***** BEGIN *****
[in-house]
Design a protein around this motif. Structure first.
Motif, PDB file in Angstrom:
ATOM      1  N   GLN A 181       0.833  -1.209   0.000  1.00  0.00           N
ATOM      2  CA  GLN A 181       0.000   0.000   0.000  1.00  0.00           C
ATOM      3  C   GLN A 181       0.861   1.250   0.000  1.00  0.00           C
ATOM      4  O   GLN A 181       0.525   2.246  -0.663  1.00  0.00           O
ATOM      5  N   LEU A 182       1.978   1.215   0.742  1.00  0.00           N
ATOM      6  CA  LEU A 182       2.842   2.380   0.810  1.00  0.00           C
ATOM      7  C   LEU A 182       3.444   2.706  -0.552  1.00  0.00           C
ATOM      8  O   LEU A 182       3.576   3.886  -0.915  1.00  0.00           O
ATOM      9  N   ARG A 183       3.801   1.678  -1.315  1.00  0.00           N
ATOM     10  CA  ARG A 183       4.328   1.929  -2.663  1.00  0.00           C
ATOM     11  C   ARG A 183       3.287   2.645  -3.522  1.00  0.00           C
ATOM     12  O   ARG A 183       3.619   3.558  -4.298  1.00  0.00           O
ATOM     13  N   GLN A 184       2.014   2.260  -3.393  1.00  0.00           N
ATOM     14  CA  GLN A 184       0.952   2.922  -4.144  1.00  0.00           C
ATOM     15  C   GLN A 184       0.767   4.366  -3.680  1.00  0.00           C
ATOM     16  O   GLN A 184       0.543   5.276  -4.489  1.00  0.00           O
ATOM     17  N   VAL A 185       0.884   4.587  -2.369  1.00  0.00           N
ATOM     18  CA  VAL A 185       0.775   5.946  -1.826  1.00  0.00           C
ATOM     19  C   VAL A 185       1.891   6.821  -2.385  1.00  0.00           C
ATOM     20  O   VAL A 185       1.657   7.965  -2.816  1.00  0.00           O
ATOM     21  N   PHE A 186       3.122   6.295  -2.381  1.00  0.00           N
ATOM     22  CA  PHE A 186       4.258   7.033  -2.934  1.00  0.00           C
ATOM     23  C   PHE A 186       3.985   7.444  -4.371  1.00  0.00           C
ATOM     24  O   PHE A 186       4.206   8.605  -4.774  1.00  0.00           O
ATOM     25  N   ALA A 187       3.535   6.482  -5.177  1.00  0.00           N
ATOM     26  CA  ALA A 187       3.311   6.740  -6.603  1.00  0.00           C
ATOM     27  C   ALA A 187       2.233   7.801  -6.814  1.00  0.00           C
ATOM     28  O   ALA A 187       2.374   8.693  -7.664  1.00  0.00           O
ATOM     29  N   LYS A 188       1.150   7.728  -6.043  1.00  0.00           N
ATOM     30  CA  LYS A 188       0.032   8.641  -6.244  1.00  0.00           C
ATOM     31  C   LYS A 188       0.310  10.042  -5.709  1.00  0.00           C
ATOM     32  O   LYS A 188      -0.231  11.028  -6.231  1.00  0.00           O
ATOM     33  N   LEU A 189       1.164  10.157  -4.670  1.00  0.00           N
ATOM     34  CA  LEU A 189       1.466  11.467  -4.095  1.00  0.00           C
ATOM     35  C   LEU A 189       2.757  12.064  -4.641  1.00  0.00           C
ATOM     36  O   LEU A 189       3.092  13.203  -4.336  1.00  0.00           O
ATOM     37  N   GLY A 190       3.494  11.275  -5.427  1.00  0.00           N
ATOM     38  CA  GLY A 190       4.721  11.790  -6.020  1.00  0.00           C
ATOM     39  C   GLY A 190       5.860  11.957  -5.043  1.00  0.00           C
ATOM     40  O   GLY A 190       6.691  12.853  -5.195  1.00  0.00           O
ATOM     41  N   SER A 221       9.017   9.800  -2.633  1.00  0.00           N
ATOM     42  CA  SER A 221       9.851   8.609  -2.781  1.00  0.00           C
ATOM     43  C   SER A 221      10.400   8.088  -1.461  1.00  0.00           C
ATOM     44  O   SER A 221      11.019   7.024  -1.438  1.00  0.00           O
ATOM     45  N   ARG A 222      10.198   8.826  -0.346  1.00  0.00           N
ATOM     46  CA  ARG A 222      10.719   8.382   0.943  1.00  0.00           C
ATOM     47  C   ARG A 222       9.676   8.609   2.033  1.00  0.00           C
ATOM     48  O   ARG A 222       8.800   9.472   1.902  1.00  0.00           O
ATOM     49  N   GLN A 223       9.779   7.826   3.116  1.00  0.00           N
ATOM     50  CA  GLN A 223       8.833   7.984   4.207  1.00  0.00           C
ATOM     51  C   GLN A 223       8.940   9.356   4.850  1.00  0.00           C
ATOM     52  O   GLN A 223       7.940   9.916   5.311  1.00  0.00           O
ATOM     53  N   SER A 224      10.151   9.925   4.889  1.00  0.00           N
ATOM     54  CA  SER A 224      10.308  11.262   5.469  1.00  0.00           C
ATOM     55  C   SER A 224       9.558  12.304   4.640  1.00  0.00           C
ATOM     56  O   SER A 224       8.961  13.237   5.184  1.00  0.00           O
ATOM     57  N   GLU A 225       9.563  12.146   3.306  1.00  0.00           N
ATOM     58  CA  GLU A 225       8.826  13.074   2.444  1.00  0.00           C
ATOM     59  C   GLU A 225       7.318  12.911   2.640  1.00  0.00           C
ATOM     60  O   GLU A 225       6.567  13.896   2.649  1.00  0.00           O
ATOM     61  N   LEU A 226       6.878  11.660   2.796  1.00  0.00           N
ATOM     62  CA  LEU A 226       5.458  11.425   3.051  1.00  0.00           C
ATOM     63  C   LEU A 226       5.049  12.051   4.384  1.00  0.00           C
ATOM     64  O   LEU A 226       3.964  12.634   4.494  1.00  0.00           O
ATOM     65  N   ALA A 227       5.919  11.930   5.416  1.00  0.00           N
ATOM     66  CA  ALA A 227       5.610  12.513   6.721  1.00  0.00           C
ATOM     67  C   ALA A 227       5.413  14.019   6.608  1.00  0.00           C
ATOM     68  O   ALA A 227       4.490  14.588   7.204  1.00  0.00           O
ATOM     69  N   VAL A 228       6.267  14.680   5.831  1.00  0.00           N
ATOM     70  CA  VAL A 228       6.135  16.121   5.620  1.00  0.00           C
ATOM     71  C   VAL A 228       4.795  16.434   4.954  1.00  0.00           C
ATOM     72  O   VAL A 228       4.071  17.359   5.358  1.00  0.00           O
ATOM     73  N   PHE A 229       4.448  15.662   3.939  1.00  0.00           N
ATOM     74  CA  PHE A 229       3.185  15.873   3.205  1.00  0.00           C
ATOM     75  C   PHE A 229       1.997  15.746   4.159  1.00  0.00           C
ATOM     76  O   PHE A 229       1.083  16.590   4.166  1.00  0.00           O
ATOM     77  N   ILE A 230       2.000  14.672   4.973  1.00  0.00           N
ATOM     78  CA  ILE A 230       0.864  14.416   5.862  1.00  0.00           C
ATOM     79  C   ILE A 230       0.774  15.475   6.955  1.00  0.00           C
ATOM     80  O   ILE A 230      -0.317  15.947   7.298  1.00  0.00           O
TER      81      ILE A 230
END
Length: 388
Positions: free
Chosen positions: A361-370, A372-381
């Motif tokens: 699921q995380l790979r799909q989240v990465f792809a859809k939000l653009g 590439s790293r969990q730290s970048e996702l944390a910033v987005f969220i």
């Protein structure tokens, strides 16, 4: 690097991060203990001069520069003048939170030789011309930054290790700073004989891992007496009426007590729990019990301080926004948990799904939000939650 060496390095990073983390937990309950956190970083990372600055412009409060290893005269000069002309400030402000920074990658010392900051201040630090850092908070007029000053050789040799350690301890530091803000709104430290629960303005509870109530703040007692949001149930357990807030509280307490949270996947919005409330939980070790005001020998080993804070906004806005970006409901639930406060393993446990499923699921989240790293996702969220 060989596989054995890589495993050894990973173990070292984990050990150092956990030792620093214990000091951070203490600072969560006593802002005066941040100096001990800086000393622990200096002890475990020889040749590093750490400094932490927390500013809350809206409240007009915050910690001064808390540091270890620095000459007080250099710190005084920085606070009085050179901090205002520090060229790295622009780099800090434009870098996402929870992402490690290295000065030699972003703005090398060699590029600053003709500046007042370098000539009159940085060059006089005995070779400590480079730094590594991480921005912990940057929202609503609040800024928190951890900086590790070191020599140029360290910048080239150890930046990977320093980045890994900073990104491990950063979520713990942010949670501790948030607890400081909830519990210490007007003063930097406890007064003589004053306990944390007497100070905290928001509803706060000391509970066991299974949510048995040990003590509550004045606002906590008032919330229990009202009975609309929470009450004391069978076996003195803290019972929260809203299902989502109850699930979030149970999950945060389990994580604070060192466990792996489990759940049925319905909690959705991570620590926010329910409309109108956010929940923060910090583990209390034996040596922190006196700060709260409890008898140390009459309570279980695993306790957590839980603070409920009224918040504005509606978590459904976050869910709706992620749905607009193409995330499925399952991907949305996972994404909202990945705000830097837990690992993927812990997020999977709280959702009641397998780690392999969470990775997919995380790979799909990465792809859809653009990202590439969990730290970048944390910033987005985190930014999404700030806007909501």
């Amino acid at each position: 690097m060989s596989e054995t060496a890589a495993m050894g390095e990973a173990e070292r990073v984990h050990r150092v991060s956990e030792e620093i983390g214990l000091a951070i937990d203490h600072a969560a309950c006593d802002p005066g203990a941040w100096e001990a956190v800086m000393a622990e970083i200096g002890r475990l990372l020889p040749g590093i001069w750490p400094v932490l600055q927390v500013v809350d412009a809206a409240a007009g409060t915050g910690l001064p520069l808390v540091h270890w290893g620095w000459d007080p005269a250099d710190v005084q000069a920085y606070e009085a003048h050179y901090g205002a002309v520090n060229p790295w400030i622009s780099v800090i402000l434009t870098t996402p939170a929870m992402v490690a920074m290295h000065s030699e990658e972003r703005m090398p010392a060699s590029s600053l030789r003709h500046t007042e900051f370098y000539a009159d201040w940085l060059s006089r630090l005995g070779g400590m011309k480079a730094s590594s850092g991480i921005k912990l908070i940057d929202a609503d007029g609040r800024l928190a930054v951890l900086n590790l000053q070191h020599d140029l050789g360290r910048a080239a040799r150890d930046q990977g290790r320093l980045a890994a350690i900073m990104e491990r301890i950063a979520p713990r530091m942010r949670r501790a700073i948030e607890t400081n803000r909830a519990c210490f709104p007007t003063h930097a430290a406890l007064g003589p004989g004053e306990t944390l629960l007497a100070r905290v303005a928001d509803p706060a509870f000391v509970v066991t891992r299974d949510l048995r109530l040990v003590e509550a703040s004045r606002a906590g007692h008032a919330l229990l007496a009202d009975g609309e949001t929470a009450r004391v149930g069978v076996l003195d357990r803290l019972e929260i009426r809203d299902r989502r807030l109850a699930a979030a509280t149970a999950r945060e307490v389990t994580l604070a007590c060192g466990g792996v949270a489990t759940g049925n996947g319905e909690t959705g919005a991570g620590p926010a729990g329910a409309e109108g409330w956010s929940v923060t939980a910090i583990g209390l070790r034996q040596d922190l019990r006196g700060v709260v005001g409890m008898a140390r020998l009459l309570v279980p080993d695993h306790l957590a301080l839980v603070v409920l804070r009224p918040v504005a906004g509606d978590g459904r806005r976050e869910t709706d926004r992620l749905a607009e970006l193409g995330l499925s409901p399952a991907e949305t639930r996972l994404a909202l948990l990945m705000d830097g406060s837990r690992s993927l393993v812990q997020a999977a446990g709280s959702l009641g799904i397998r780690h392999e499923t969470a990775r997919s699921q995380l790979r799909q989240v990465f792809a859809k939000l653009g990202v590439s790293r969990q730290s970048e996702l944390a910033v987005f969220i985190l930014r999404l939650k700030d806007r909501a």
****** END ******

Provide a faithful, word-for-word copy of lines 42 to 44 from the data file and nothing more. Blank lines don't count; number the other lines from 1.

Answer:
ATOM     39  C   GLY A 190       5.860  11.957  -5.043  1.00  0.00           C
ATOM     40  O   GLY A 190       6.691  12.853  -5.195  1.00  0.00           O
ATOM     41  N   SER A 221       9.017   9.800  -2.633  1.00  0.00           N